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Mark Mackey, MD, MBA EMRA/FERNE ED Documentation Session: Optimizing the Care of ED Patients with Neurological Emergencies.

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Presentation on theme: "Mark Mackey, MD, MBA EMRA/FERNE ED Documentation Session: Optimizing the Care of ED Patients with Neurological Emergencies."— Presentation transcript:

1 Mark Mackey, MD, MBA EMRA/FERNE ED Documentation Session: Optimizing the Care of ED Patients with Neurological Emergencies

2 Mark Mackey, MD, MBA Coding and Documentation Primer Mark Mackey MD MBA FACEP Mark Mackey MD MBA FACEP Assistant Professor University of Illinois at Chicago EMRA/ FERNE October 28, 2008

3 Mark Mackey, MD, MBA Disclosures ä None ä Material extracted from Webinar series on acep.org in reimbursement section ä Thanks to Dave Mckinzie ACEP staff

4 Mark Mackey, MD, MBA Purpose of Medical Record Documentation ä Provide a chronological record of pertinent facts relevant to continuity of patient care ä Allows for appropriate utilization review and quality of care evaluations ä Facilitates collection of data for research and education ä Is used for accurate and timely claims review and payment

5 Mark Mackey, MD, MBA What is an E/M service? ä E/M refers to Evaluation and Management ä E/M codes describe physician cognitive interactions with patients as opposed to procedures ä There are five levels of ED E/M codes represented by CPT codes , plus 99291/99292 (Critical Care) ä These five codes make up over 80% of the reimbursement for most emergency physicians

6 Mark Mackey, MD, MBA USA 2006 Bess Data National

7 Mark Mackey, MD, MBA CPT Code 2008 Tot BN RVUs 2008 CMS Pmt 2007 CMS Pmt % Chg $19.42$ $36.56$37.14(.16) $59.03$60.64(2.7) $108.93$ $162.25$165.23(1.8) $204.15$208.81(2.23) CMS 2008 Fee Schedule

8 Mark Mackey, MD, MBA Documentation Rules: Who makes them? ä CPT book language and code descriptors ä Additional clarification from CPT (CPT Assistant, letters) ä Payer rules, transmittals, software edits ä The CMS “Documentation Guidelines” ä 1995 and 1997 versions available The 1995 CMS documentation guidelines are almost universally used for emergency medicine practice and the basis for this material. The 1995 CMS documentation guidelines are almost universally used for emergency medicine practice and the basis for this material.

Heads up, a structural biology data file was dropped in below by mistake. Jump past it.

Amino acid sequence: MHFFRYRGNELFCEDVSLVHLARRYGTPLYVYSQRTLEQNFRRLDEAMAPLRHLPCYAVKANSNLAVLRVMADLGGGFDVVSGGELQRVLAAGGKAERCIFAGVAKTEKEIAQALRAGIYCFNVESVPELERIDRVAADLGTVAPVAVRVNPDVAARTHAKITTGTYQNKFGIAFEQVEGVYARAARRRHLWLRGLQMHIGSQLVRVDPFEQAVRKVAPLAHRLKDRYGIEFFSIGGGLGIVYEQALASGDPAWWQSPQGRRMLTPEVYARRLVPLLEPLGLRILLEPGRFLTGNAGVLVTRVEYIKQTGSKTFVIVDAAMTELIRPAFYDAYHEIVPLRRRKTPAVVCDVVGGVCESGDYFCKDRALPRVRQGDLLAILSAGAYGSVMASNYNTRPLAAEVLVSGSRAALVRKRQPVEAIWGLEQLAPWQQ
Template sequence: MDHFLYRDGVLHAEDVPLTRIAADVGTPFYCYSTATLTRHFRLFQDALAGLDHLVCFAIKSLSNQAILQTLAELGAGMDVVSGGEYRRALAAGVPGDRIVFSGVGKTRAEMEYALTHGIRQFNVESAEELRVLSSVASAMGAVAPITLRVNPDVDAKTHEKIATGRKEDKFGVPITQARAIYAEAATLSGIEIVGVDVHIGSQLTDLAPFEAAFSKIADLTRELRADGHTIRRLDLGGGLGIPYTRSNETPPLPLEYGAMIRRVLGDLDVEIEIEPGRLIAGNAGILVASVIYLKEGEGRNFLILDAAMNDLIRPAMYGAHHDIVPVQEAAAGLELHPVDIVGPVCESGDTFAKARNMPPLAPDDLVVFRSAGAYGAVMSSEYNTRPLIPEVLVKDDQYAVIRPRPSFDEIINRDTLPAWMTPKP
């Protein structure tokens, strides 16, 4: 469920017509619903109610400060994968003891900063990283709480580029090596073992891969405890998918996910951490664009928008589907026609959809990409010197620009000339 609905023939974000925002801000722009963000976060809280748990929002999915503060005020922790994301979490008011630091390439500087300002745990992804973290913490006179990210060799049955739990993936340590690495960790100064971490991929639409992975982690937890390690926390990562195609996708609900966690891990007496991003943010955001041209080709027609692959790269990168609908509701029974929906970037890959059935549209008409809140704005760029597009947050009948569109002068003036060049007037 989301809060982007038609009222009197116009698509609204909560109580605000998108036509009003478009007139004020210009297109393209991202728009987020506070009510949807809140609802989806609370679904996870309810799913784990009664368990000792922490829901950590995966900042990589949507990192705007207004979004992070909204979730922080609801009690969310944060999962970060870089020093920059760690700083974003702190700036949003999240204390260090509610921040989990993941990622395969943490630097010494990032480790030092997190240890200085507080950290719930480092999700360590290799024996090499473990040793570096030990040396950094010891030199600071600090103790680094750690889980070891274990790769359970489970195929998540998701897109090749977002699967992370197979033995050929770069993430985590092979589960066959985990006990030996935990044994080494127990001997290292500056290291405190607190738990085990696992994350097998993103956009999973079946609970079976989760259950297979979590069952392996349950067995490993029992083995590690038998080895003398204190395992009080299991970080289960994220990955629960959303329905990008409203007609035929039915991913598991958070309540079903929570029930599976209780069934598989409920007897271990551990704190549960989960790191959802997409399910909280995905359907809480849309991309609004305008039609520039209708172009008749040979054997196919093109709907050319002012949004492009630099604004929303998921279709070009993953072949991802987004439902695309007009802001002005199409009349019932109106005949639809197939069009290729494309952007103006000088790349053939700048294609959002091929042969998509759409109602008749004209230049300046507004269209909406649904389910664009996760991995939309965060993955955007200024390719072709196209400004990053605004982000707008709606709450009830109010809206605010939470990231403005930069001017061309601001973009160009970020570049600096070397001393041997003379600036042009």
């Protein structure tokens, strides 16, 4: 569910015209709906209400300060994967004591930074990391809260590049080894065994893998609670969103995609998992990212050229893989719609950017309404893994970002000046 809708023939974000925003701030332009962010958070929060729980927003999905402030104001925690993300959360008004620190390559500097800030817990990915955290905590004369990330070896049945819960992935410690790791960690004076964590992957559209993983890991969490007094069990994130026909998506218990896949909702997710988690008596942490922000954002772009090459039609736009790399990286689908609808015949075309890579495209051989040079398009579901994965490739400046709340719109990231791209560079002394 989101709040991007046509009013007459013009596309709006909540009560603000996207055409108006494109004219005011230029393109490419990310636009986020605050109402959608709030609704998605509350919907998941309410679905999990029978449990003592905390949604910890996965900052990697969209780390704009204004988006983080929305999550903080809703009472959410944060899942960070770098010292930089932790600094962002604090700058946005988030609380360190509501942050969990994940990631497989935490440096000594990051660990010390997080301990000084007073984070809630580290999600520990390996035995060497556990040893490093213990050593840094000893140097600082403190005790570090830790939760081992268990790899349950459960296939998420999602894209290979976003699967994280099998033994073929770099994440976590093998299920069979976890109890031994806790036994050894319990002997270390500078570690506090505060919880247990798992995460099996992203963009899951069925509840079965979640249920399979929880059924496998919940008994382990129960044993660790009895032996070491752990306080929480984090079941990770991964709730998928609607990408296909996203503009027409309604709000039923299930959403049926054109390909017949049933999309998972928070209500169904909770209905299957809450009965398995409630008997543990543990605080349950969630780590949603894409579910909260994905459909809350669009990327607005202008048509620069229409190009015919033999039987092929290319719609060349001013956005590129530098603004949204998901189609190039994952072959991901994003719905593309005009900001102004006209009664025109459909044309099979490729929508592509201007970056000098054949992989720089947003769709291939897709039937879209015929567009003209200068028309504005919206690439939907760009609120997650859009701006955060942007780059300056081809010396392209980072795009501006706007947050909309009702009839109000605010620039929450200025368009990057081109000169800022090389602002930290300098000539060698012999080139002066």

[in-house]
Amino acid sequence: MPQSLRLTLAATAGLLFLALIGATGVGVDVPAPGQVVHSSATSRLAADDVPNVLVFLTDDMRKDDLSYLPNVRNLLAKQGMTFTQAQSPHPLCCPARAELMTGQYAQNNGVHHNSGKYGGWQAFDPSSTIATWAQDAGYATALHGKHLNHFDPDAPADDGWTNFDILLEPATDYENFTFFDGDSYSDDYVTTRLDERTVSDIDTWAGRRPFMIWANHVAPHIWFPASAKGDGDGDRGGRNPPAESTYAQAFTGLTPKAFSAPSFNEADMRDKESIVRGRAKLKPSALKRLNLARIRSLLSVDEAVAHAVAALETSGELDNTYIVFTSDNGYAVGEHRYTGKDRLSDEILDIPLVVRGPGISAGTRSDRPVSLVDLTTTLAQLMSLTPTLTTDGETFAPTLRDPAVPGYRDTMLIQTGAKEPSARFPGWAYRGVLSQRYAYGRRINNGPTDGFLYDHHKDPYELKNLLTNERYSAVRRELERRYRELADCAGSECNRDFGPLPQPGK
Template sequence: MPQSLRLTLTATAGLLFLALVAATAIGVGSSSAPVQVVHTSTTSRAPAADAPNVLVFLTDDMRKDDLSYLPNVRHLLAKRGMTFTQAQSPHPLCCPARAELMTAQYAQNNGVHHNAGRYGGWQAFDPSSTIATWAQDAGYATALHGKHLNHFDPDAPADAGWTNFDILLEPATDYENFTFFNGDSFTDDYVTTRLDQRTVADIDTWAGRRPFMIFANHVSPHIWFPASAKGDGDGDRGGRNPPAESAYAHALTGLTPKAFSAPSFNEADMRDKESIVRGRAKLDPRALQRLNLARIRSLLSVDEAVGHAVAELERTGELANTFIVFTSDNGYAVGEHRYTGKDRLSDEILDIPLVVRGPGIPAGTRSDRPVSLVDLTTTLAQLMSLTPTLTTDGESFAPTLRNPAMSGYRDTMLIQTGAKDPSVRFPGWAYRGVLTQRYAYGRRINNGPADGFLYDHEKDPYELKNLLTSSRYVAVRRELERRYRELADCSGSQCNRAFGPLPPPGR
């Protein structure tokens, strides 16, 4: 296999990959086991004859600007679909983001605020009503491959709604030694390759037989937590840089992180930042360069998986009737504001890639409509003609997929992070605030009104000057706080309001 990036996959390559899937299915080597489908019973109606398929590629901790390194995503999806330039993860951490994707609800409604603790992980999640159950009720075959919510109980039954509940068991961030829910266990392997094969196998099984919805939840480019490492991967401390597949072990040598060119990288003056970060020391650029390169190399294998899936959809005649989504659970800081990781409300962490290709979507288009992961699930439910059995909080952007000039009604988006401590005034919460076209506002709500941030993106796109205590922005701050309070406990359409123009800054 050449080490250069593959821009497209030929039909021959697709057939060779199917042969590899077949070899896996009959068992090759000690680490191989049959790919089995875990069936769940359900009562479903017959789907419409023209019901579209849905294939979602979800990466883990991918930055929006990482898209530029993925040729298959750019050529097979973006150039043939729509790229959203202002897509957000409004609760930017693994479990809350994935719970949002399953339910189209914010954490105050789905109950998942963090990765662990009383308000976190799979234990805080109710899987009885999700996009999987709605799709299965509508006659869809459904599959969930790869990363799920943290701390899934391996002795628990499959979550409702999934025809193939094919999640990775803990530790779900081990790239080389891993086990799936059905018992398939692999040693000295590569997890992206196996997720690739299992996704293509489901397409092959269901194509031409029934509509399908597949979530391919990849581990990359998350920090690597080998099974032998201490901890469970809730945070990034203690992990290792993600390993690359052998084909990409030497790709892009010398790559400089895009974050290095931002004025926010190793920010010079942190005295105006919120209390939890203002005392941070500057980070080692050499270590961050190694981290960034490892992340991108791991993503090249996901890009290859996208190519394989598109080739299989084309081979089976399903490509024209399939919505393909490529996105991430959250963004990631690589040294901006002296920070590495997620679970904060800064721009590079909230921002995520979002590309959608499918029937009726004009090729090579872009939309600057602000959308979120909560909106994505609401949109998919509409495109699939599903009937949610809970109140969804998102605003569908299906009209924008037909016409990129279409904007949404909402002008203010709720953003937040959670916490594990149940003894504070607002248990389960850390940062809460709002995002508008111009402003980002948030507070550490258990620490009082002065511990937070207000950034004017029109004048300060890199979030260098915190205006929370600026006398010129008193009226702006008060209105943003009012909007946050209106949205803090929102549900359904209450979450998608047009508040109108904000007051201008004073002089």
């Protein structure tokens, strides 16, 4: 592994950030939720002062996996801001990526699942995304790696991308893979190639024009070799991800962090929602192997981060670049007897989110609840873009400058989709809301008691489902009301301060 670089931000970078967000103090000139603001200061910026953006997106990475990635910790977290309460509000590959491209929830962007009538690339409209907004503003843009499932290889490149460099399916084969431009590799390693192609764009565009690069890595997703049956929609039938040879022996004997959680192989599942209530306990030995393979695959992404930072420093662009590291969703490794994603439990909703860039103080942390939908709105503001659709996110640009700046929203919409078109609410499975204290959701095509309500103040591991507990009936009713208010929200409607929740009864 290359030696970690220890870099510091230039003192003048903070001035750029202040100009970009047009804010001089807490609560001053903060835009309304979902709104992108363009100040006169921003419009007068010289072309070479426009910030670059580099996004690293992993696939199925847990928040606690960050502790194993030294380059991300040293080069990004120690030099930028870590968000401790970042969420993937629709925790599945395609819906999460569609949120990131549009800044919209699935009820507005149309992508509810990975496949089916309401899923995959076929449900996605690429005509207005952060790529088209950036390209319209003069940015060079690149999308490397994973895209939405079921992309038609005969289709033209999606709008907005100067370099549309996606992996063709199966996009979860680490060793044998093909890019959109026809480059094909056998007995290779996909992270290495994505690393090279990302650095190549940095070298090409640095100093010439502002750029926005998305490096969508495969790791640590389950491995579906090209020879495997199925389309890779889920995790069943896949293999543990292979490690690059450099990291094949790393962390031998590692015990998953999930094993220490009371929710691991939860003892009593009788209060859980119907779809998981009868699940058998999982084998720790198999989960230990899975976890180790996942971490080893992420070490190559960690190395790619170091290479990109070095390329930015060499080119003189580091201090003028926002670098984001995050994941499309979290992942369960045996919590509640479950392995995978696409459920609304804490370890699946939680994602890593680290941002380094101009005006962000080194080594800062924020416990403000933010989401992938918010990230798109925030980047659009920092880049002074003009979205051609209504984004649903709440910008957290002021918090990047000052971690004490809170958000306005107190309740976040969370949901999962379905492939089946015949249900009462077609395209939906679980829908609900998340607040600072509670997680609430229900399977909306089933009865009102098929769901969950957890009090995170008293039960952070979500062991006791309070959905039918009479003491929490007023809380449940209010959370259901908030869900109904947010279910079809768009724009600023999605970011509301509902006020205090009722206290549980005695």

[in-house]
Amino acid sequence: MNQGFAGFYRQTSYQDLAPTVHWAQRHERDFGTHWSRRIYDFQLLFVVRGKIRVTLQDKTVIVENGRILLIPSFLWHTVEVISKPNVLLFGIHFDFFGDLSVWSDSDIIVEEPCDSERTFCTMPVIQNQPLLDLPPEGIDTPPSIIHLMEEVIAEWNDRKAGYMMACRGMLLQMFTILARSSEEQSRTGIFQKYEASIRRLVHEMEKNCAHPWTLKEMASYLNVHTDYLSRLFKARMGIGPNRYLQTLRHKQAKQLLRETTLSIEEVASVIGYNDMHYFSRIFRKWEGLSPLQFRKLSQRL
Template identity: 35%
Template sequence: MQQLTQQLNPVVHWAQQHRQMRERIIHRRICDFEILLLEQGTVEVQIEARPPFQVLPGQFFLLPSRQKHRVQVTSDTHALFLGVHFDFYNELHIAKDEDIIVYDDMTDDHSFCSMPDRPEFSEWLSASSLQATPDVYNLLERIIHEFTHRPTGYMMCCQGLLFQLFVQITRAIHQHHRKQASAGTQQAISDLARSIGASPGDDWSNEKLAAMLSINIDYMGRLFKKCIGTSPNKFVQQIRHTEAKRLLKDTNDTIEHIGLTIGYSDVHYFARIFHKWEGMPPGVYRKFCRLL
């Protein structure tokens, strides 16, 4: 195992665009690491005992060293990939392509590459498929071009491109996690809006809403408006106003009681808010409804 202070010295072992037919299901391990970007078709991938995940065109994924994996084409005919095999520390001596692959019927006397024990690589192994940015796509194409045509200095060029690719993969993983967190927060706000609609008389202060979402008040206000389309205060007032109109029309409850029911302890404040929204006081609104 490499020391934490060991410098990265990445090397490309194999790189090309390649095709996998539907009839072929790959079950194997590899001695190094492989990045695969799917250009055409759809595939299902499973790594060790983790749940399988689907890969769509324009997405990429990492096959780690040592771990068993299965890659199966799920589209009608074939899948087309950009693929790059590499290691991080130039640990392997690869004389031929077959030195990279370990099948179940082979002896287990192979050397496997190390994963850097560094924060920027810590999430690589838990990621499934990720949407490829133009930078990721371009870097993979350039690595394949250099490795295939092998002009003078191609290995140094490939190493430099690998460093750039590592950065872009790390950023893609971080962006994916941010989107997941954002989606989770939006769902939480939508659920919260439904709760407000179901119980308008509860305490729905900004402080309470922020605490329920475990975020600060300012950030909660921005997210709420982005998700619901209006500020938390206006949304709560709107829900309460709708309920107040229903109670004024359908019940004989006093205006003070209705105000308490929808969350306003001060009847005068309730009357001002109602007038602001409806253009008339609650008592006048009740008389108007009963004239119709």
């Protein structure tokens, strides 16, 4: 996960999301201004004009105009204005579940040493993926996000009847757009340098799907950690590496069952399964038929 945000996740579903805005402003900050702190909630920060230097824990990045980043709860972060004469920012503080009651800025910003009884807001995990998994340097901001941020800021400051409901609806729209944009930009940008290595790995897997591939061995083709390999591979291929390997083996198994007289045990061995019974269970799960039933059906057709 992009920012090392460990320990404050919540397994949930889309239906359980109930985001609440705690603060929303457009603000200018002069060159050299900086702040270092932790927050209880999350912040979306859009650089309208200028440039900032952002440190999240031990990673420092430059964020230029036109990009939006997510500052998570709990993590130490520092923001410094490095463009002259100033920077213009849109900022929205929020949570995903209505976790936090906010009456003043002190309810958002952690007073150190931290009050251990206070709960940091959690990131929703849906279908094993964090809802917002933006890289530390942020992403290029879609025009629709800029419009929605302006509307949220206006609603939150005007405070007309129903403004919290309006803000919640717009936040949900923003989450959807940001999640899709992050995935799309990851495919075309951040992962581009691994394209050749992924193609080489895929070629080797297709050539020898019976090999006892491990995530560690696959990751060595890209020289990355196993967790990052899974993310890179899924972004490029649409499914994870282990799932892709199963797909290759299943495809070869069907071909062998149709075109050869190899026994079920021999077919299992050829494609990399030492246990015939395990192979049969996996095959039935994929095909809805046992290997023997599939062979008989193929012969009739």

9 Mark Mackey, MD, MBA ä The patient’s progress, response to and changes in treatment, and revision of diagnosis should be documented ä The CPT and ICD-9-CM codes reported on the health insurance claim form or billing statement should be supported by the documentation in the medical record. Documentation — The Basics

10 Mark Mackey, MD, MBA 5 most common omissions ä 4 elements HPI for ä 10 ROS or “all other systems neg” for ä No SH/FH (can’t be negative)for ä No reason given for inability to get history ä Timed critical care time not documented

11 Mark Mackey, MD, MBA Emergency Department E & M Codes There are three key components that must be met to correctly assign an Evaluation and Management code to a patient chart. These components are: ä History ä Physical Exam ä Medical Decision Making

12 Mark Mackey, MD, MBA History The history portion of a patient’s chart includes some or all of the following elements: ä Chief complaint (CC) ä History of present illness (HPI) ä Review of systems (ROS) ä Past, family and/or social history (PFS)

13 Mark Mackey, MD, MBA Chief Complaint (CC) ä A statement describing the symptom, problem, condition, diagnosis or other reason for the patient's visit, usually stated in the patient's words.

14 Mark Mackey, MD, MBA Counting requirements Hx/PE for level 5 ä 4/10/2/8 ä HPI- 4 elements ä ROS-10 systems ä PM/SH/FH- 2/3 ä PE-8 body areas

15 Mark Mackey, MD, MBA ä Location ä Context ä Quality ä Timing ä Severity ä Duration ä Modifying Factors  Associated Signs & Symptoms History History of Present Illness